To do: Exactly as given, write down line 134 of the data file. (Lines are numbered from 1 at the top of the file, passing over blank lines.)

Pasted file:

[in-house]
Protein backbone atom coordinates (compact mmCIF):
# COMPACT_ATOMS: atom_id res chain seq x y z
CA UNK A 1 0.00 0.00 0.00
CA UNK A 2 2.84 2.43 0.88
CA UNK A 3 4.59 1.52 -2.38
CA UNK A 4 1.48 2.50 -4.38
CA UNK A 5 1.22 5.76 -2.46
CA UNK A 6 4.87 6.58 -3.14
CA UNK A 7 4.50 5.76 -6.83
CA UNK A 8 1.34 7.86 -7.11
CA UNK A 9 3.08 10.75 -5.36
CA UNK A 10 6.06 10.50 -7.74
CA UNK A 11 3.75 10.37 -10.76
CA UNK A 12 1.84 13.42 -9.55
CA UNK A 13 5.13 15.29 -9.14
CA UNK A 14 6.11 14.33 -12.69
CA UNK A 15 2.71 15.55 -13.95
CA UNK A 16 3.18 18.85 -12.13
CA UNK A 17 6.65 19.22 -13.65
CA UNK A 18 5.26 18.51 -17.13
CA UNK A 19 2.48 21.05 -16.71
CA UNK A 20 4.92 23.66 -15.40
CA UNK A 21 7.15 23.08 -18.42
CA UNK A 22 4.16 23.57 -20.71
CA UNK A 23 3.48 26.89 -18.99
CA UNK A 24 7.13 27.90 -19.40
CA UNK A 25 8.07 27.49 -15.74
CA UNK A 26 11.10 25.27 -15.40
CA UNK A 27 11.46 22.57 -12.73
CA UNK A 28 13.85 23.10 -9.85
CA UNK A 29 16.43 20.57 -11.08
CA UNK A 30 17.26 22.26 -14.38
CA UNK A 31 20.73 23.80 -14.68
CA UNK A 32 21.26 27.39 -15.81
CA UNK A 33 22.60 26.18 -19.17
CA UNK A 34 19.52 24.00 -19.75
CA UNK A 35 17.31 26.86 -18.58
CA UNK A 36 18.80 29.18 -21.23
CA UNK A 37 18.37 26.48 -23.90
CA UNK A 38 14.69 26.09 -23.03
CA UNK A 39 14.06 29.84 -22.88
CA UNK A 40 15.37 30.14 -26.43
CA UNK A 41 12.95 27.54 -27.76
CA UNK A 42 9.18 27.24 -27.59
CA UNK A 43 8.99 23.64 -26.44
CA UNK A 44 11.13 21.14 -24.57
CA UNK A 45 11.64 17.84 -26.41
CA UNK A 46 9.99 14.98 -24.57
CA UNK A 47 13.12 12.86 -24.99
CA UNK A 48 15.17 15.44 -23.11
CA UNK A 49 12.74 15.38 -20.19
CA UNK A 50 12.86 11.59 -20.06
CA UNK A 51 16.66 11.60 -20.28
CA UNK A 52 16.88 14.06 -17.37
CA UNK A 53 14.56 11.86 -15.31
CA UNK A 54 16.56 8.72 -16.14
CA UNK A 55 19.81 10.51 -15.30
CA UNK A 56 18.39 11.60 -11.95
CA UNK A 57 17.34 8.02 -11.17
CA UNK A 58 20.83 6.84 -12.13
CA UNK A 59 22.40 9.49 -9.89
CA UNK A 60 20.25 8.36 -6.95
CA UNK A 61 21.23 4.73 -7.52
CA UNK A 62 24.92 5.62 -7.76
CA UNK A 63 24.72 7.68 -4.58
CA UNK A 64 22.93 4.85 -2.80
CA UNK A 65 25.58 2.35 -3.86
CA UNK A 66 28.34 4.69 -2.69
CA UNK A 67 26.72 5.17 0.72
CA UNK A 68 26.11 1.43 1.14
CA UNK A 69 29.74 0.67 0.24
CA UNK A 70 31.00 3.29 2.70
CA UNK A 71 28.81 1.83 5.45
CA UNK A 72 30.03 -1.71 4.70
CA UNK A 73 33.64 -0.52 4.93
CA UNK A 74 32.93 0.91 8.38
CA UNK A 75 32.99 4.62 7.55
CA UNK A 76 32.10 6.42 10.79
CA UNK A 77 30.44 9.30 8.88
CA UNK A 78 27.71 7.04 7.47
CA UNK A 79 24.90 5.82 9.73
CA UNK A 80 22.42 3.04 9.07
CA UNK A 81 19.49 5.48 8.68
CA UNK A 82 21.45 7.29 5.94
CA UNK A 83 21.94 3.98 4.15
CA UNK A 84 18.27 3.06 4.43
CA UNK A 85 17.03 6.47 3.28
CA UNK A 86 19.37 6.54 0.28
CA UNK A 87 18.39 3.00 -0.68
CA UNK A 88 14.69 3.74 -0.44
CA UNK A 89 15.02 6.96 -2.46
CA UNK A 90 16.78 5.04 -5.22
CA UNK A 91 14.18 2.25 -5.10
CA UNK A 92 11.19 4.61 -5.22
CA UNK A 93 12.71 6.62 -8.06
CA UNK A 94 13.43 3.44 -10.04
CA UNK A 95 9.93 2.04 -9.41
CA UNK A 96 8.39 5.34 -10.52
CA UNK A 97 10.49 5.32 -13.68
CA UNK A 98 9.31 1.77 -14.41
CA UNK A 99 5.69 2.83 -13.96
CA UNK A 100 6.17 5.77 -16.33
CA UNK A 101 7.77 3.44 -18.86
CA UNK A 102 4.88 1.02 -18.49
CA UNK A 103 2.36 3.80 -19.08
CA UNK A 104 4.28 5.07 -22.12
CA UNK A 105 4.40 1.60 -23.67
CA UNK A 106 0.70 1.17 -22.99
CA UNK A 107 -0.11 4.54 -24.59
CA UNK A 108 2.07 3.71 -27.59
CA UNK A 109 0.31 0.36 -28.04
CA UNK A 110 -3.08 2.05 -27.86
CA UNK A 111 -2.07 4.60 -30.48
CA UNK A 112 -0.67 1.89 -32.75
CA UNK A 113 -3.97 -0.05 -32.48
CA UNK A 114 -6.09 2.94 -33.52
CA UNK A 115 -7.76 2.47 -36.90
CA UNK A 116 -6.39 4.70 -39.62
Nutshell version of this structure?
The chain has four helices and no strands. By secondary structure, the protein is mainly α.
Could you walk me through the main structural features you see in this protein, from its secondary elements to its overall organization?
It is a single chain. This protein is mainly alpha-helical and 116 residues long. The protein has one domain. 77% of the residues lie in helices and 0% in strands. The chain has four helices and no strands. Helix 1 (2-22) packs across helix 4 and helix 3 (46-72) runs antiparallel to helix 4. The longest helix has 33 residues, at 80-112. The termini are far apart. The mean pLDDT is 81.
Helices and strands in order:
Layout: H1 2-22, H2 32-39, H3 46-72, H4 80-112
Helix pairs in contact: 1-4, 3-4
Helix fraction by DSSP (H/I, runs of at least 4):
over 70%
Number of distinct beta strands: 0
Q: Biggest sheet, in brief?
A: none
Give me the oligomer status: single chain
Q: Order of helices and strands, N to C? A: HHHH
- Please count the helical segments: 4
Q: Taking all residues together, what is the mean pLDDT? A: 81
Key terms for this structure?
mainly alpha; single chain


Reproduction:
- Please count the helical segments: 4